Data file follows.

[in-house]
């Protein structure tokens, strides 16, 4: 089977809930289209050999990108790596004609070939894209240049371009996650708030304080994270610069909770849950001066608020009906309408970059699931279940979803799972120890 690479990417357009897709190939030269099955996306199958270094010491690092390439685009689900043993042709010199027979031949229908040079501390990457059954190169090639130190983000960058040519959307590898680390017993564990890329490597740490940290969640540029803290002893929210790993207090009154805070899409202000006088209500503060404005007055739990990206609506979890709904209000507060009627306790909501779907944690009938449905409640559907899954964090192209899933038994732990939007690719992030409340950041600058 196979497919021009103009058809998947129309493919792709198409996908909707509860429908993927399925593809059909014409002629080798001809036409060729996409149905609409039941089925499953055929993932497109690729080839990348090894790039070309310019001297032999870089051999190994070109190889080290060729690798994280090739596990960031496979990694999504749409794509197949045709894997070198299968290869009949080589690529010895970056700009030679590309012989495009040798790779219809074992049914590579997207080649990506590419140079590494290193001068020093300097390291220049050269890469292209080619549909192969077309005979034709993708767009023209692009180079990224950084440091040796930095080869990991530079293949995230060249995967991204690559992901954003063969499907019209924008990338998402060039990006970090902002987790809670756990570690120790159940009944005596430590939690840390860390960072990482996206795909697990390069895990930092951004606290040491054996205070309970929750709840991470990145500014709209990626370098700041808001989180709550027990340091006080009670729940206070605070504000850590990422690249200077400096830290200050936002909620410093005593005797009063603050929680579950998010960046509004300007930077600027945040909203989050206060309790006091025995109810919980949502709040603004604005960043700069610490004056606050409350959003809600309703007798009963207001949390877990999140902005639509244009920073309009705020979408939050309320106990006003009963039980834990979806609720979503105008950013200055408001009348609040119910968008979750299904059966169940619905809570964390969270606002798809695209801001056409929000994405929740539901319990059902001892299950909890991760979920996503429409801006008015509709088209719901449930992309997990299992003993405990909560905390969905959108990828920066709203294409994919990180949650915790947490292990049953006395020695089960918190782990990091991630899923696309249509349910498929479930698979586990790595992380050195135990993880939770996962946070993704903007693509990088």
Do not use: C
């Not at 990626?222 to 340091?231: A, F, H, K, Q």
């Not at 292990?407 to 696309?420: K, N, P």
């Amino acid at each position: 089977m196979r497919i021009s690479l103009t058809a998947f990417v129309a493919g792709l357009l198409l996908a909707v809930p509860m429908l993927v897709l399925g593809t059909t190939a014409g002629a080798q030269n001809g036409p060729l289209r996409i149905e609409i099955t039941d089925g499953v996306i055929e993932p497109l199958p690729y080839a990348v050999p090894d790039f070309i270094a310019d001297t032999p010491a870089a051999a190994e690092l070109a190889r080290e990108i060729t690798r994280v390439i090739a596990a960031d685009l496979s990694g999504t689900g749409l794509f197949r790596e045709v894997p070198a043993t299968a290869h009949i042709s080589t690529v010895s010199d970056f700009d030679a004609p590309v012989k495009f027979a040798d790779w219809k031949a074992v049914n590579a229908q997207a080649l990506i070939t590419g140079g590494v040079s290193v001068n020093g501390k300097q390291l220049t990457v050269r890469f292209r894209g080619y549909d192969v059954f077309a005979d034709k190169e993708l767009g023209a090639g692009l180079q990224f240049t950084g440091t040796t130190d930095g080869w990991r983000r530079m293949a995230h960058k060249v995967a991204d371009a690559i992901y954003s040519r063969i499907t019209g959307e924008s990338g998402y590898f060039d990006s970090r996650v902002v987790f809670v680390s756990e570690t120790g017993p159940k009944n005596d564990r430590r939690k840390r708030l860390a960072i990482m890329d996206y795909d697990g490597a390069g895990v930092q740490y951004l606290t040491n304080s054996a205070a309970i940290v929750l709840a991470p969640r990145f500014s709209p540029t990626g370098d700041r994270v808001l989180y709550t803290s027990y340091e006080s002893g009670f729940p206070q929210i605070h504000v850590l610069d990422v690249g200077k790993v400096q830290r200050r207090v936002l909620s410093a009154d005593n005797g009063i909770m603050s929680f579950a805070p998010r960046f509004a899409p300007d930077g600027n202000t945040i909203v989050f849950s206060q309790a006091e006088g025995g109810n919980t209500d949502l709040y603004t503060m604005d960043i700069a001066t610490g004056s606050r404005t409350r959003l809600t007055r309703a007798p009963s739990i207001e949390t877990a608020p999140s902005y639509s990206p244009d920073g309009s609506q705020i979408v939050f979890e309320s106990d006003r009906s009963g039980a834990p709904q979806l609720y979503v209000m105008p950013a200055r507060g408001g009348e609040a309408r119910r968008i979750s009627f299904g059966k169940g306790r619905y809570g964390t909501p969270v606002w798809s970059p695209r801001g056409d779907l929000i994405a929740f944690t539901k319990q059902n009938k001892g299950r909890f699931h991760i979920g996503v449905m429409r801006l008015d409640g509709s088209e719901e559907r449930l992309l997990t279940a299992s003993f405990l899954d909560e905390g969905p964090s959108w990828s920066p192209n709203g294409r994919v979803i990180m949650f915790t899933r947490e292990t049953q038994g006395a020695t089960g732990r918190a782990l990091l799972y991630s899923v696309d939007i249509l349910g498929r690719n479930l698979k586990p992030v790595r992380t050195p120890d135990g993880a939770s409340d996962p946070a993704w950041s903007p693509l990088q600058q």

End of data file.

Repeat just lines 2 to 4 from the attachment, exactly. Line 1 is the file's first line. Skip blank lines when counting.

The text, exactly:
């Protein structure tokens, strides 16, 4: 089977809930289209050999990108790596004609070939894209240049371009996650708030304080994270610069909770849950001066608020009906309408970059699931279940979803799972120890 690479990417357009897709190939030269099955996306199958270094010491690092390439685009689900043993042709010199027979031949229908040079501390990457059954190169090639130190983000960058040519959307590898680390017993564990890329490597740490940290969640540029803290002893929210790993207090009154805070899409202000006088209500503060404005007055739990990206609506979890709904209000507060009627306790909501779907944690009938449905409640559907899954964090192209899933038994732990939007690719992030409340950041600058 196979497919021009103009058809998947129309493919792709198409996908909707509860429908993927399925593809059909014409002629080798001809036409060729996409149905609409039941089925499953055929993932497109690729080839990348090894790039070309310019001297032999870089051999190994070109190889080290060729690798994280090739596990960031496979990694999504749409794509197949045709894997070198299968290869009949080589690529010895970056700009030679590309012989495009040798790779219809074992049914590579997207080649990506590419140079590494290193001068020093300097390291220049050269890469292209080619549909192969077309005979034709993708767009023209692009180079990224950084440091040796930095080869990991530079293949995230060249995967991204690559992901954003063969499907019209924008990338998402060039990006970090902002987790809670756990570690120790159940009944005596430590939690840390860390960072990482996206795909697990390069895990930092951004606290040491054996205070309970929750709840991470990145500014709209990626370098700041808001989180709550027990340091006080009670729940206070605070504000850590990422690249200077400096830290200050936002909620410093005593005797009063603050929680579950998010960046509004300007930077600027945040909203989050206060309790006091025995109810919980949502709040603004604005960043700069610490004056606050409350959003809600309703007798009963207001949390877990999140902005639509244009920073309009705020979408939050309320106990006003009963039980834990979806609720979503105008950013200055408001009348609040119910968008979750299904059966169940619905809570964390969270606002798809695209801001056409929000994405929740539901319990059902001892299950909890991760979920996503429409801006008015509709088209719901449930992309997990299992003993405990909560905390969905959108990828920066709203294409994919990180949650915790947490292990049953006395020695089960918190782990990091991630899923696309249509349910498929479930698979586990790595992380050195135990993880939770996962946070993704903007693509990088």
Do not use: C
């Not at 990626?222 to 340091?231: A, F, H, K, Q």